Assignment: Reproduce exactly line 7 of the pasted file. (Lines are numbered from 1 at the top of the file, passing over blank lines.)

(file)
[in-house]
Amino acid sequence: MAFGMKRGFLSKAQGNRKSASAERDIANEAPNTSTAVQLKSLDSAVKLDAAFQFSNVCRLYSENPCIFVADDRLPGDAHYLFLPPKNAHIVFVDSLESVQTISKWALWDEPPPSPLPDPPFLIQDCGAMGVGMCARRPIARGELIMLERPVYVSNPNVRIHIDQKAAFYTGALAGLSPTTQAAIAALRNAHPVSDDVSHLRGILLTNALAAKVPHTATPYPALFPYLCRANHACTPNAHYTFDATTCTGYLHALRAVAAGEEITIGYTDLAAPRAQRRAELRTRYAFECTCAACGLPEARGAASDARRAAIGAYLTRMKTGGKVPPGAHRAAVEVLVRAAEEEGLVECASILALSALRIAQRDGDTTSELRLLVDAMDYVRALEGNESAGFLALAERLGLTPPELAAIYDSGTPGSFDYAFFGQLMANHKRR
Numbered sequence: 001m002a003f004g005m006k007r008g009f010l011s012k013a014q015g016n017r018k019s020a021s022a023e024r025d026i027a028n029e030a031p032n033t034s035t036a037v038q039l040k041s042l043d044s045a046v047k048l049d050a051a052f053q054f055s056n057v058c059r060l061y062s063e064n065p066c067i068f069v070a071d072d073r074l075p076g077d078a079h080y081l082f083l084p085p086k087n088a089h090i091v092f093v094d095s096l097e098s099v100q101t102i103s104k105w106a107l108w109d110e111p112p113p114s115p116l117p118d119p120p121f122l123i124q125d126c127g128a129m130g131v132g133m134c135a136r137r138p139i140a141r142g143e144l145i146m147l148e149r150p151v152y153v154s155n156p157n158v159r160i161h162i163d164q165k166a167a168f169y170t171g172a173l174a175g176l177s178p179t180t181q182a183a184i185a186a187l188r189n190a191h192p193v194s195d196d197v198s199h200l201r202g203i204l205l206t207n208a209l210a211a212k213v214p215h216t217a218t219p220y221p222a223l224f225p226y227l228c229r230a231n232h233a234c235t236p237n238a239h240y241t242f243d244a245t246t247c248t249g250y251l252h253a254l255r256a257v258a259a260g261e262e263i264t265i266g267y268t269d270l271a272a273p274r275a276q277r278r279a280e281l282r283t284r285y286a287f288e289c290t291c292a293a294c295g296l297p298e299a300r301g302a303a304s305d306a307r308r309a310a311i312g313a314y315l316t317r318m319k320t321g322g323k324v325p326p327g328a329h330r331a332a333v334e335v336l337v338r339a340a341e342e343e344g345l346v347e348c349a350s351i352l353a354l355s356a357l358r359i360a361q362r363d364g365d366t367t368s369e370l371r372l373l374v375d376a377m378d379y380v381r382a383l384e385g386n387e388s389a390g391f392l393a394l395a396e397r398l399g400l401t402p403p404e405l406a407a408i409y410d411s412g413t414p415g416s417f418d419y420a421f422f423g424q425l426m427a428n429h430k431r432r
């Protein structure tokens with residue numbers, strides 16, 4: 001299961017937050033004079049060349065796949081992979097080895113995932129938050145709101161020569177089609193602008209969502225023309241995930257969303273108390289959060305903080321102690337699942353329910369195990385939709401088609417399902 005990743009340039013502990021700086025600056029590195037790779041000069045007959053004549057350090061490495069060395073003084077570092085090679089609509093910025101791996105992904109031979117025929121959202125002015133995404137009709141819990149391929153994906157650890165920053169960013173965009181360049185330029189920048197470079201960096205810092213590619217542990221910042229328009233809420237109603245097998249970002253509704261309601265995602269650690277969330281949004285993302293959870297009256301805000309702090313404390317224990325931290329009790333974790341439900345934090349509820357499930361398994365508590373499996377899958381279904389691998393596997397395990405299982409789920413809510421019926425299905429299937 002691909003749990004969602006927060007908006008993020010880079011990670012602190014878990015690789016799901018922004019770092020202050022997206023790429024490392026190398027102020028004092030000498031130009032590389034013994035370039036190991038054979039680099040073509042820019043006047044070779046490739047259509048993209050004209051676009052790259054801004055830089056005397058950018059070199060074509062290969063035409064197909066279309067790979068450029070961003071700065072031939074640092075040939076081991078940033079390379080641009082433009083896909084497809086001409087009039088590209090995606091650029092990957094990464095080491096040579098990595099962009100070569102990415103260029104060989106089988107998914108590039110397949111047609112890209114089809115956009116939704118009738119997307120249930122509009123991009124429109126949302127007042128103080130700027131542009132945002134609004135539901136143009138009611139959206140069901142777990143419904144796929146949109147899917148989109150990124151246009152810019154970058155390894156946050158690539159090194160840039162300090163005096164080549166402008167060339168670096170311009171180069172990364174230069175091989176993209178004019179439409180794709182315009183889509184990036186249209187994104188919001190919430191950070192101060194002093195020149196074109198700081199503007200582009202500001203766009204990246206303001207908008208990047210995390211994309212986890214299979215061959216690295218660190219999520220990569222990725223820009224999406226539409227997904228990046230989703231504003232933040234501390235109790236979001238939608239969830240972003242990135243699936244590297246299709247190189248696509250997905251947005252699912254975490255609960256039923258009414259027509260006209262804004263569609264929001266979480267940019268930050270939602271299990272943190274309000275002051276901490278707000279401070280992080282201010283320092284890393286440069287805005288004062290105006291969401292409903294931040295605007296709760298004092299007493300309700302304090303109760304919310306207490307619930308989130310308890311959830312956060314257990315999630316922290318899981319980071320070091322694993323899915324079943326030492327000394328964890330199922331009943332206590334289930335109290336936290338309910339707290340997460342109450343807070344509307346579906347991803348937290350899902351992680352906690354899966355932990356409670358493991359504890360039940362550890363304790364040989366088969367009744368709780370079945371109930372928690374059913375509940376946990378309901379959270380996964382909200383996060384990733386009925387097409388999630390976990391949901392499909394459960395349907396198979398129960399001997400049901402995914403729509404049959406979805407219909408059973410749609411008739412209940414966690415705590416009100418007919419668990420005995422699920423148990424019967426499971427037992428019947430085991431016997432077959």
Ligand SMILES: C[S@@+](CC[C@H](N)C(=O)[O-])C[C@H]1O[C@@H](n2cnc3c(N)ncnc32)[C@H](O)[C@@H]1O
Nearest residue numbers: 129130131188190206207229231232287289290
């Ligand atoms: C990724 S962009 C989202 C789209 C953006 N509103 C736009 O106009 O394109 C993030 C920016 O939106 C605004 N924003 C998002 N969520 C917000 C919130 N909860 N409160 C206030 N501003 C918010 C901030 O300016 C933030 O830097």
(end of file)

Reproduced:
């Ligand atoms: C990724 S962009 C989202 C789209 C953006 N509103 C736009 O106009 O394109 C993030 C920016 O939106 C605004 N924003 C998002 N969520 C917000 C919130 N909860 N409160 C206030 N501003 C918010 C901030 O300016 C933030 O830097």